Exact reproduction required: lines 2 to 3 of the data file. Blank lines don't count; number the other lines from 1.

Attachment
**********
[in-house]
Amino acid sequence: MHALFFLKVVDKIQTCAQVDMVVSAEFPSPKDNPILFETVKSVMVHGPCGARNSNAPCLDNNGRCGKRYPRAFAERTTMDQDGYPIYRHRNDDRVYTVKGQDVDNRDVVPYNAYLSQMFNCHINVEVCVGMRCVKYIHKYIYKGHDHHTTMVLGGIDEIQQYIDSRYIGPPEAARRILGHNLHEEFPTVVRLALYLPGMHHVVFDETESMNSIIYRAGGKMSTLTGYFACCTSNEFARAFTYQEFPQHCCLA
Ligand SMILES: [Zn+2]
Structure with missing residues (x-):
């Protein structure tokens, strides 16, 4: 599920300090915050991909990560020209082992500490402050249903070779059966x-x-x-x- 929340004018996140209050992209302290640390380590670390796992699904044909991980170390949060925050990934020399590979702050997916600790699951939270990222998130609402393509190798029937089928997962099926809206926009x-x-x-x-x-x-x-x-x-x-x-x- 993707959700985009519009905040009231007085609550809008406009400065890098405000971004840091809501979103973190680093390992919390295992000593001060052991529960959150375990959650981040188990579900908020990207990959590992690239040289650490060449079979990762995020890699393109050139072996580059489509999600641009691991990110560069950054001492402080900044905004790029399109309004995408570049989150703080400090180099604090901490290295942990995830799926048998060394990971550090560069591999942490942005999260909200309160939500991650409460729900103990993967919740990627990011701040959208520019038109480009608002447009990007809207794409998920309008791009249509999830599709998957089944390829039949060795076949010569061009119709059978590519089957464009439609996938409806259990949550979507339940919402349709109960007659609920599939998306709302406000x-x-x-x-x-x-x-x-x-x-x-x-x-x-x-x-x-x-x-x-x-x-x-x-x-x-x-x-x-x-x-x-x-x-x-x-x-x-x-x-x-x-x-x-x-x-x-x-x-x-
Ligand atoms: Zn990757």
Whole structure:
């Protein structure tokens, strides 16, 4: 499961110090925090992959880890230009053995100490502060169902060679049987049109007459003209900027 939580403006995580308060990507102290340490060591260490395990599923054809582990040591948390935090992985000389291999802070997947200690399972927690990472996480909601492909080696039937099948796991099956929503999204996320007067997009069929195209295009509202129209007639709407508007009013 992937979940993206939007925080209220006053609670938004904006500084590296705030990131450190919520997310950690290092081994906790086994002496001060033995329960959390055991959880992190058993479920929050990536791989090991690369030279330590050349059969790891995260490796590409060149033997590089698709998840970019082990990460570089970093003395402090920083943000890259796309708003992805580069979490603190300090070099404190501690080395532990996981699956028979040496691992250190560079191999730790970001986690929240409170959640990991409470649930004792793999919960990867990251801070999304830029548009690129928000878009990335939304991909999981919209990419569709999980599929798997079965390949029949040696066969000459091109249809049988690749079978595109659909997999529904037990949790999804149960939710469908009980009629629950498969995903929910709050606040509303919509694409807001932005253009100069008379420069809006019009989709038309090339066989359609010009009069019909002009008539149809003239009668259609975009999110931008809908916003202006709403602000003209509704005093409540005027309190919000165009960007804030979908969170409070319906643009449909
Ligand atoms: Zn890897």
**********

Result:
Amino acid sequence: MHALFFLKVVDKIQTCAQVDMVVSAEFPSPKDNPILFETVKSVMVHGPCGARNSNAPCLDNNGRCGKRYPRAFAERTTMDQDGYPIYRHRNDDRVYTVKGQDVDNRDVVPYNAYLSQMFNCHINVEVCVGMRCVKYIHKYIYKGHDHHTTMVLGGIDEIQQYIDSRYIGPPEAARRILGHNLHEEFPTVVRLALYLPGMHHVVFDETESMNSIIYRAGGKMSTLTGYFACCTSNEFARAFTYQEFPQHCCLA
Ligand SMILES: [Zn+2]